Boykin Backs Out of West Point Appearance - updated 1/31/12

Boykin Backs Out of West Point Appearance

by Sheila Musaji


It was just two days ago that we published an article about the controversy over the invitation to Ret. Gen. Boykin to speak at the National Prayer Breakfast at West Point.  In that article Boykin’s previous anti-Muslim statements were discussed and the text of letters of protest sent to West Point by Vote Vets and MRFF were published.  Since then, the Forum on Military Chaplaincy, CAIR, and other organizations added their objections.

The Forum on Military Chaplaincy press release said

The former general became controversial for statements in uniform to religious audiences such as “there should be no mosques in America”; Muslims worship an “idol”; “Islam is a totalitarian way of life, it’s not just a religion”; and “it should not be protected under the First Amendment.”

Boykin has also been vocal opposing gays and lesbians serving, saying after the repeal of “Don’t Ask, Don’t Tell” that it was a “sad day for our country” and would lead to mass exits from the military.

“A prayer breakfast isn’t an academic discussion, where controversial views can be challenged and debated,” pointed out Tom Carpenter, former Marine and co-chair of the Forum. “Nor is it an appropriate place to present views, however cloaked, that disrespect those Muslims and gays who are honorably serving in the U.S. military.

“Chaplains are sworn to serve all in the military,” said retired Chaplain (Colonel) Paul Dodd, co-chair of the Forum. Dodd served 31 years in the Army Chaplaincy, including a tour as Command Chaplain for the Army Medical Command.

“It sends a poisonous message to have chaplains sponsor someone so strongly associated with speech that condemns one particular religious group.”

This morning, Jon Soltz, co-founder of VoteVets.org published an article on the Huffington Post announcing that they were launching a campaign so that people could send an email to Army Chief of Staff Gen. Ray Odierno asking him to reconsider the invitation to Ret. Gen. Boykin.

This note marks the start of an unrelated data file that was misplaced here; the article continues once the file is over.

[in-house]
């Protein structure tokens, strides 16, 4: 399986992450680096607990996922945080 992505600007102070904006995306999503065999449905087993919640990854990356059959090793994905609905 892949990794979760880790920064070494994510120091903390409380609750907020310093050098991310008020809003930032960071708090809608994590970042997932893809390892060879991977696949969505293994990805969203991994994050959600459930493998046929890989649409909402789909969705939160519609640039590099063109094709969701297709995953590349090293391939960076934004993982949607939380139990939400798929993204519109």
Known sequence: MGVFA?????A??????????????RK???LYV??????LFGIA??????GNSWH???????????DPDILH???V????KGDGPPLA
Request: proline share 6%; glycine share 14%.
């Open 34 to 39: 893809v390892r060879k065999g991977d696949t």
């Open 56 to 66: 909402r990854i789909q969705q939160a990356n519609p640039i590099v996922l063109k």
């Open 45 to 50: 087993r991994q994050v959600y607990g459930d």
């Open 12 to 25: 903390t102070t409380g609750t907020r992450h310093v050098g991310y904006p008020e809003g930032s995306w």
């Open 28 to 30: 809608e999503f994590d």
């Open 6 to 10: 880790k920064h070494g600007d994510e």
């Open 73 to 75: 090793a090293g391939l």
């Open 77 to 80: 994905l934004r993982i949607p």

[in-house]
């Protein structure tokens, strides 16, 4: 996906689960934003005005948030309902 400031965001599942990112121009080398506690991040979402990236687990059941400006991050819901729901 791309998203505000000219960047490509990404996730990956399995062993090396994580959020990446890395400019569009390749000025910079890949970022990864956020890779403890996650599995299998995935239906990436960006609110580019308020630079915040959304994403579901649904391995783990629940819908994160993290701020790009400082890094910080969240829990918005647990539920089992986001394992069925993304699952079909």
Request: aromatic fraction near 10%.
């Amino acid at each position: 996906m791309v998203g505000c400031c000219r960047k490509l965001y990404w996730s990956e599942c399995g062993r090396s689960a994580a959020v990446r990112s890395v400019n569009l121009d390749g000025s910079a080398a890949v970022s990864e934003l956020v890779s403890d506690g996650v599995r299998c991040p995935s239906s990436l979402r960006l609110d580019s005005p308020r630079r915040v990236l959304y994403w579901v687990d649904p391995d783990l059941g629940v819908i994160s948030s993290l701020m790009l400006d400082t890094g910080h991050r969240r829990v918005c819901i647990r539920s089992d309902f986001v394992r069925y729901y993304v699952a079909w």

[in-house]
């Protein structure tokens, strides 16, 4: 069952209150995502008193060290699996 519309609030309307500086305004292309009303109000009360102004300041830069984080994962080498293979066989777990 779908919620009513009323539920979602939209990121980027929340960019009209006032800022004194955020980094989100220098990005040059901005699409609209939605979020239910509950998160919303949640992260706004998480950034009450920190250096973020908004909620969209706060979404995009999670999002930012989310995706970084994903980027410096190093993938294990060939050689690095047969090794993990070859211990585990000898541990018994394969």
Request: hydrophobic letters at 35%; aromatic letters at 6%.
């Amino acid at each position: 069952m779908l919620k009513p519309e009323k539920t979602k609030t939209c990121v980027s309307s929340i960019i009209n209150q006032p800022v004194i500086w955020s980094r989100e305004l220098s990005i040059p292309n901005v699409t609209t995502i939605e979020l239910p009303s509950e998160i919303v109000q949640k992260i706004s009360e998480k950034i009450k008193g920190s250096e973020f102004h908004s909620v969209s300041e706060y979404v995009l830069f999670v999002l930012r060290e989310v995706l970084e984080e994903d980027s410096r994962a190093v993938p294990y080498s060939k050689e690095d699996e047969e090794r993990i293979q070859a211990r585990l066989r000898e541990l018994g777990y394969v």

At the same time I saw Jon Soltz’ article, I saw an article by Frank Gaffney bemoaning the fact that there were objections to Boykin speaking.  Of course Gaffney saw this as a muzzling of the free speech rights of “truth-tellers”.  I thought this was going to be a long, drawn out controversy.

I signed the VoteVets petition, and hadn’t even had a chance to write something encouraging others to do so when I received a press release from Mikey Weinstein at MRFF titled “Under Pressure from MRFF and other Civil Rights Allies, Islamophobic Retired Lt. Gen. Boykin Withdraws from National Prayer Breakfast at West Point”.  The release says:

This is a monumentally-clear indication that when civil rights organizations such as the Military Religious Freedom Foundation and VoteVets work toward a common goal, with the strength of our dedicated supporters behind us, concrete positive change can be achieved.

We are deeply saddened that it took a public outcry of this magnitude to cause Boykin to pull out from this event, likely under pressure from within the Pentagon. Our outcry must not stop - all individuals within the command structure responsible for inviting this vile Islamophobe must be held accountable via courts martial.

The New York Times reports that

Plans for a talk at West Point by a retired general known for his harshly anti-Muslim remarks were abruptly canceled on Monday after a growing list of liberal veterans’ groups, civil liberties advocates and Muslim organizations called on the Military Academy to rescind the invitation.

...General Boykin, a longtime commander of Special Operations forces, first caused controversy after the Sept. 11 attacks when, as a senior Pentagon official, he described the fight against terrorism as a Christian battle against Satan. His remarks, made in numerous speeches to church groups, were publicly repudiated by President George W. Bush, who argued that America’s war was not with Islam but with violent fanatics.

Since his retirement in 2007 and a new career as a popular conservative Christian speaker, General Boykin has described Islam as “a totalitarian way of life” and said that Islam should not be protected under the First Amendment.

I am certain we will hear a great deal from the Islamophobic echo chamber about this in the next few days, and will update as they are heard from.


UPDATE 1/31/2012

Pamela Geller has weighed in and predictably focuses only on CAIR’s objections to Boykin’s appearance at this event.  Actually, the primary objections and the letter writing campaign were from military and veterans groups, and CAIR was a minor player in this.

Geller says